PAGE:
Avatar: The Last Airbender, Book 1: Water TV Show Review

Avatar: The Last Airbender was a show that I used to watch a lot as a kid, and was one of my favourites on ABC. Recently I decided to watch the whole series and now I will review the first season. Warning that this post may contain spoilers.

Avatar was created and produced by Michael Dante DiMartino and Bryan Konietzko, who served as executive producers along with Aaron Ehasz, and was shown on Nickelodeon. In Europe it’s known as Avatar: The Legend of Aang. It was released in 2005. For those who don’t know, unlike other series, it is organised into books and chapters instead of seasons and episodes. The first book (or season) is called water.

Avatar is set in a different world to our own, one where particular people can manipulate air, water, earth or fire. This manipulation of the elements is called ‘bending’. The Avatar is an individual who is continually reincarnated who can bend all four elements. The title sequence before each episode sets out the story pretty well.

Long ago, the four nations lived together in harmony. Then everything changed when the fire nation attacked. Only the avatar, master of all four elements, can stop them. But when the world needed him most, he vanished. A hundred years past and my brother and I discovered the new avatar, an airbender named Aang. And although his airbending skills are great, he has a lot to learn before he’s ready to save anyone. But I believe, Aang can save the world.”

The show starts off like most other shows. It introduces the characters, the world and the story. Each episode in the season tends to be a stand-alone story, although there are several back-stories that continue throughout the season and episodes that are referred to in others. The main heroes of the season are Aang (the Avatar), Katara and Sokka.

One of the things that I really like about this show is the complexity of the characters. For example, in most children’s shows the bad guy is a completely evil, mad lunatic who the viewer is meant to despise as much as the hero. But in Avatar, the main villain, Zuko, is really humanised. We are shown why he is doing what he is doing and can understand the suffering and pain that he has gone through to reach this point. The viewer pities him, and may even like him or other characters that are the ‘bad guys’.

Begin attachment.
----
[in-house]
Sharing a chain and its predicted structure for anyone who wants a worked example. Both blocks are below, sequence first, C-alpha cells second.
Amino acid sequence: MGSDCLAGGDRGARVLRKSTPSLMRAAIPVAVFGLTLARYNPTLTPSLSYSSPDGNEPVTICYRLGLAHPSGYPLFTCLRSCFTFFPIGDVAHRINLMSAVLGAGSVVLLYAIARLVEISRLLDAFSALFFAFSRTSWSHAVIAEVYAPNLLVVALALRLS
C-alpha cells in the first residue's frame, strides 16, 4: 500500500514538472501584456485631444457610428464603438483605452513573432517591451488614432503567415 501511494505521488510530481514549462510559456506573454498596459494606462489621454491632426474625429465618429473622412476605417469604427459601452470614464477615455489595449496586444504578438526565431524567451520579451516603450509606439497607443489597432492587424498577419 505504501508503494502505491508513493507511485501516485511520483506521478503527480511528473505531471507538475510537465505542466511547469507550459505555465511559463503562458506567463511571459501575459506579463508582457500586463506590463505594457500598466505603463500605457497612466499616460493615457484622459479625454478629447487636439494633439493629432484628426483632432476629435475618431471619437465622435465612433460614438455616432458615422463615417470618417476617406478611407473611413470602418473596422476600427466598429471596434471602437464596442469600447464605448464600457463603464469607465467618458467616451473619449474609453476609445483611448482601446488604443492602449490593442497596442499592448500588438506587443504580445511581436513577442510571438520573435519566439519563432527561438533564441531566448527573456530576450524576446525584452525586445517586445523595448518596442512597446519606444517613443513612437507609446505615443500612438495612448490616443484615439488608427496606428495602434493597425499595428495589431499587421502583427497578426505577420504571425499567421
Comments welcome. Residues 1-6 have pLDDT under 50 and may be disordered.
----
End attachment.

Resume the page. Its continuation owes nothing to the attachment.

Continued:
It is also unlike most children’s shows in that, if there is a lesson to me learned from the episode, they don’t say it in a cliché sing-song way at the end (unless it’s for humour) and actually assume that the audience is smart enough to be able to figure it out for itself.

You’ve probably figured out by now that what I’m trying to say is that it isn’t really a children’s show at all, although it is aimed towards them. It tackles complex issues such as arranged marriage, war, maintaining one’s honour and traditional values vs. modern values. It also has a fair amount of violence (even if it is cartoon) in it. It takes an older understanding to be able to comprehend some of the storylines in it.

The show has a lot of themes in it; adventure, romance, humour and fantasy are just some of them.

The soundtrack is produced by the Track Team. The music used is very unique and has a very clear Eastern influence that suits the show very well. I think the soundtrack really helps to make some of the scenes so funny or so sad. It’s so different to most modern-day TV show and movie soundtracks. The Avatar theme song is here:

Favourite character: General Iroh (but I also love Appa and Momo)

Least favourite character: Jet

Favourite scene/episode: The Blue Spirit (but it’s very close to the final and pilot)

Least favourite scene/episode: Bato of the Water Tribe (I still like the episode, just not as much as the others)

Rating; 4.5/5

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